How Much Does It Cost To Finish Attic?

Photo by Sebastian Herrmann on Unsplash

How Much Does it Cost to Finish & Convert an Attic? The average national cost for attic renovations is about $40,000, with a typical range of $4,600 to $80,000.

Finishing ranges from $4,600 to $16,400, while a more comprehensive remodel runs $8,000 to $80,000.

This translates into $30 to $200 per square foot, depending on the square footage of usable space, the amount of work and the materials used to bring the room to life.

A basic kitchen remodel includes removing and discarding old cabinets, installing new kitchen cabinets, installing or replacing flooring and regardless of the extent to which changes need to be done, installing a new ceiling, window and walls.

While it is generally a given that light colored paint on walls & ceilings gives the room a fresh feel and uplifts the woodwork, understanding what that changes in resale value will largely determine the gains gained when trying to sell your home.

If a homeowner has done a poor job keeping microwaves, appliances, chandeliers and other items in the same basic condition as when they moved in, the bathroom and kitchen will not gain much in value at resale.

Over time, such items will be removed from the space and the same will be true of the attic. Naturally, this is not a concern for potential buyers when homes are “older” than the home by a long shot.

As years roll by, however, fixtures, artwork, antiques and other items will continue to depreciate in value. When measuring, it is critical to be sure there are no juxtaposed windows to windows, doors, closets or light fixtures. In the vast majority of homes, windows are regularly grouped with doors.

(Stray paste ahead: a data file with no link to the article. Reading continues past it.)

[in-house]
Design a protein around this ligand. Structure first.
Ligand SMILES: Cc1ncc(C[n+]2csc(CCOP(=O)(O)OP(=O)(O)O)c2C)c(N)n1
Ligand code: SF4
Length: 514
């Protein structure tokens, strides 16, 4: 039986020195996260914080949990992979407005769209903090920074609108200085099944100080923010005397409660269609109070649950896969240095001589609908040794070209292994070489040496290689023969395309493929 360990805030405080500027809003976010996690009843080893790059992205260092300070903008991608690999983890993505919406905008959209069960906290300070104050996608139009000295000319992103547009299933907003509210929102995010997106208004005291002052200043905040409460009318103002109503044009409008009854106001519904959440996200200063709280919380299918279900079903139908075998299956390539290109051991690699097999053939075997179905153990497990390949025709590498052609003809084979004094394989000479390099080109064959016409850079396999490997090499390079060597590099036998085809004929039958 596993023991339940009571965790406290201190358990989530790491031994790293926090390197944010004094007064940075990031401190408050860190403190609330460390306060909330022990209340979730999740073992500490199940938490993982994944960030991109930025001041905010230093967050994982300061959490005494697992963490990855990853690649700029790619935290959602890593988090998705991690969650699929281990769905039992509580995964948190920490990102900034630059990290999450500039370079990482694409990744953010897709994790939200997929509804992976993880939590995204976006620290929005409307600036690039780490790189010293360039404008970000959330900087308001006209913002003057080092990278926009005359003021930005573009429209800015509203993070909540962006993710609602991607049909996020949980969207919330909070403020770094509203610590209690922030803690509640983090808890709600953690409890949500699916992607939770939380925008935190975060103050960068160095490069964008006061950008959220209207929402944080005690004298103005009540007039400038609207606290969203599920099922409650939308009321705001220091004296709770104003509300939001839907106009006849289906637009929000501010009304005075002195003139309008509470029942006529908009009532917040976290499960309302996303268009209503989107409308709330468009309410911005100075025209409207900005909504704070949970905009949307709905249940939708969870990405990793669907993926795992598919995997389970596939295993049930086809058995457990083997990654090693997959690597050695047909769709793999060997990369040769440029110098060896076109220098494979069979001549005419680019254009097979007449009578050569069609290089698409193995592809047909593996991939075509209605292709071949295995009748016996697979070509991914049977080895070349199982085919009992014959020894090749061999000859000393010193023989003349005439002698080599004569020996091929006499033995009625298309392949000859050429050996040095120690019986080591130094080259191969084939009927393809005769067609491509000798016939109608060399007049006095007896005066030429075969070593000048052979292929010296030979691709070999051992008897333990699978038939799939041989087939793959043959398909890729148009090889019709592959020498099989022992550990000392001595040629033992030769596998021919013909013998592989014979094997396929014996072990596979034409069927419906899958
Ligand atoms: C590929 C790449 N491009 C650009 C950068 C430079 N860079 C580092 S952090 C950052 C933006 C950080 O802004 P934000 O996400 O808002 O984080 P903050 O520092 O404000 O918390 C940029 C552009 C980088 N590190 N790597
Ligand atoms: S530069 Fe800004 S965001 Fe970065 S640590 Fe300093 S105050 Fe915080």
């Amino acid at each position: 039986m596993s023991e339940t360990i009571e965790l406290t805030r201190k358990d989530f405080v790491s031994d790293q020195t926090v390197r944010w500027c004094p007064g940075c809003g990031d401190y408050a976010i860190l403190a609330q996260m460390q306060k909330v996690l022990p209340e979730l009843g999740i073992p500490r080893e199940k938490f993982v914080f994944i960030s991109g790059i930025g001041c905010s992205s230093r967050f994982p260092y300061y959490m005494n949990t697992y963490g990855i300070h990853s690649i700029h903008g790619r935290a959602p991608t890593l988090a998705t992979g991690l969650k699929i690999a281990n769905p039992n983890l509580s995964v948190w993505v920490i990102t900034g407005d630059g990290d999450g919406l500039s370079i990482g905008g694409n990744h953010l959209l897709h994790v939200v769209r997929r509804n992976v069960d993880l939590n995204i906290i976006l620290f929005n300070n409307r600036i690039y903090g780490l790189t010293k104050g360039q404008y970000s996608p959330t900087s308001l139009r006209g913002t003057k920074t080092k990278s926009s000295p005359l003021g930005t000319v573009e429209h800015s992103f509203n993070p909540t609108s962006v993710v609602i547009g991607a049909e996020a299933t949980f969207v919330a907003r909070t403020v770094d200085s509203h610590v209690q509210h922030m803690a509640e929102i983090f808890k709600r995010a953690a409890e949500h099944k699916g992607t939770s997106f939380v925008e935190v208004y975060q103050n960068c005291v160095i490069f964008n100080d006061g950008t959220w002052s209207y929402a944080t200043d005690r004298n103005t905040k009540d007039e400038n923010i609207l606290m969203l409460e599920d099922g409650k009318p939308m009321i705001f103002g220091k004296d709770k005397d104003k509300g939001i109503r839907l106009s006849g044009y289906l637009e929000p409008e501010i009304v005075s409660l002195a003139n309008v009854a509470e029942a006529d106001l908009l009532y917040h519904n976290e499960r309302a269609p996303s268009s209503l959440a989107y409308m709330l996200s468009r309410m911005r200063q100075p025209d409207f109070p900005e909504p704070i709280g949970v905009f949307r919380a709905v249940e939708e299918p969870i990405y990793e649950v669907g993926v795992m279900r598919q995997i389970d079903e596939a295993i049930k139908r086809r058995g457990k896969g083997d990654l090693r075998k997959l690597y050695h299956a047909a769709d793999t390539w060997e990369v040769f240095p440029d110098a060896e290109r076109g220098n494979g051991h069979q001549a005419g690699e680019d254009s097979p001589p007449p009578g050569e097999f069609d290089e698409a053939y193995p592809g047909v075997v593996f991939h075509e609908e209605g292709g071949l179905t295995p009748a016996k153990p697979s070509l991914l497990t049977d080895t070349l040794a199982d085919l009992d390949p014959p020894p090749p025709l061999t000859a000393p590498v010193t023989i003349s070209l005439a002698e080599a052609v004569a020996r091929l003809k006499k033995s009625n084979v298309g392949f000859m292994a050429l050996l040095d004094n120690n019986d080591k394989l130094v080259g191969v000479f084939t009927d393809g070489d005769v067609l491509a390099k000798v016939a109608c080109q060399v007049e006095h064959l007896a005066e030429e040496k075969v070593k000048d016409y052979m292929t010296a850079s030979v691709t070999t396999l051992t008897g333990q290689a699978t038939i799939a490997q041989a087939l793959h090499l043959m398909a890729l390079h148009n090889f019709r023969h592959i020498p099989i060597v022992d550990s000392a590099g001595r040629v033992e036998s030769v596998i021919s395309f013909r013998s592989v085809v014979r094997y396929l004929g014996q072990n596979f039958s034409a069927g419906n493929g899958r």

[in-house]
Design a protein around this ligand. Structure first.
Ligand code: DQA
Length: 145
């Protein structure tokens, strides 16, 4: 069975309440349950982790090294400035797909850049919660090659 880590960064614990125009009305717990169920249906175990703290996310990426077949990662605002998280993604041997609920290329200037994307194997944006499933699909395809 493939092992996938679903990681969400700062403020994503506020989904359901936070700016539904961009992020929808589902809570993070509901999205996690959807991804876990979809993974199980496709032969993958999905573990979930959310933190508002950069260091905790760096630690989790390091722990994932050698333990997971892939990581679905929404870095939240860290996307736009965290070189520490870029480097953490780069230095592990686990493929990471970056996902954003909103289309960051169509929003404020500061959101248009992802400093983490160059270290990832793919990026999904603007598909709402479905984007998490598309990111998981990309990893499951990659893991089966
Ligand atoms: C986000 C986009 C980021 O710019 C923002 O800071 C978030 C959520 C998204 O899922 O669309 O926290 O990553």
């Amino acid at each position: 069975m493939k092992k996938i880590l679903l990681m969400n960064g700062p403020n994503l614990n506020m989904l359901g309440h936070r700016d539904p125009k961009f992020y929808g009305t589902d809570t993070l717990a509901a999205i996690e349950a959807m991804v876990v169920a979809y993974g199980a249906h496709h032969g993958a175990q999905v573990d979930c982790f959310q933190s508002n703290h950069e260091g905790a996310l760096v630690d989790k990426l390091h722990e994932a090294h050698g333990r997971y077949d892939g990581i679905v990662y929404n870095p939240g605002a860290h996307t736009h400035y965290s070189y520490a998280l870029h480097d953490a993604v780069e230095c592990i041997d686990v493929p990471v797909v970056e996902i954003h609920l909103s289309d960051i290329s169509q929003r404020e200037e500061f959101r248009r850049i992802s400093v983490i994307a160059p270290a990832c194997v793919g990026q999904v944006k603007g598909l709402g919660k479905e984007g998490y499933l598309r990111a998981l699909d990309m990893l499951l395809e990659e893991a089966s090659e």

Doing this will give a much more accurate measurement. For an attic remodel, it only makes sense to replace the stairs, the lower level ceiling and the attic upper level with similar materials.

It lessens the room’s resale value because people will not know a six-foot ceiling separated from a 9-foot wire shelf could possibly have a floor and ceiling of plaster.

This is because heat rises and cold air sinks, which makes the wood of the interior and exterior of the attic inevitable going up and down. Since the upper level is rarely used, except for seasonal storage in the attic, it does not make sense to remove electrical wiring.

In fact, I recommend having the electrical wiring located in the “dead-zone” or area that is below the attic floor. Only in cases of an clause or fuel oil spill, or in cases where local building codes specifically require all electrical connections to be in the “dead-zone” will electrical connections be visible from the attic floor.

There for the drywall compound will be missing or burned, leaving the insulation exposed due to moisture or temperature warping. The petroleum-based drywall will be rendered ineffective causing the framing to eventually rot. Once again, it will be a bad choice to even remove this insulation.

Another common technique in the attic finishing process is to double load the ceiling. This is an overkill that may be necessary in some cases, but it is important to note that some homes, particularly ties for mortgage loans, have attic rafters that rest on top of the ceiling joists due to non-standard construction practices.

Photo by Uwe Jelting on Unsplash

For insurance purposes, it is best to avert any renovation performed to double load rafter framing. There are a lot of other steps related to insulation, insulation types, acoustical ceiling caps, etc.

To make the whole process easier, the homeowner should plan all the steps, from measurements to removal of light fixtures, prior to the work actually starts. Without the planning and organization, you could easily start tearing down the ceiling or removing insulation only to discover that the area where it was removed failed to dry prior to finishing the job.

This is usually caused by not caring giving proper respect to any insulation locations during its removal, keeping everything dry and in its place so new installation can be achieved.

Read more articles like this . . .

Second Home | Zaarly | Keen Home

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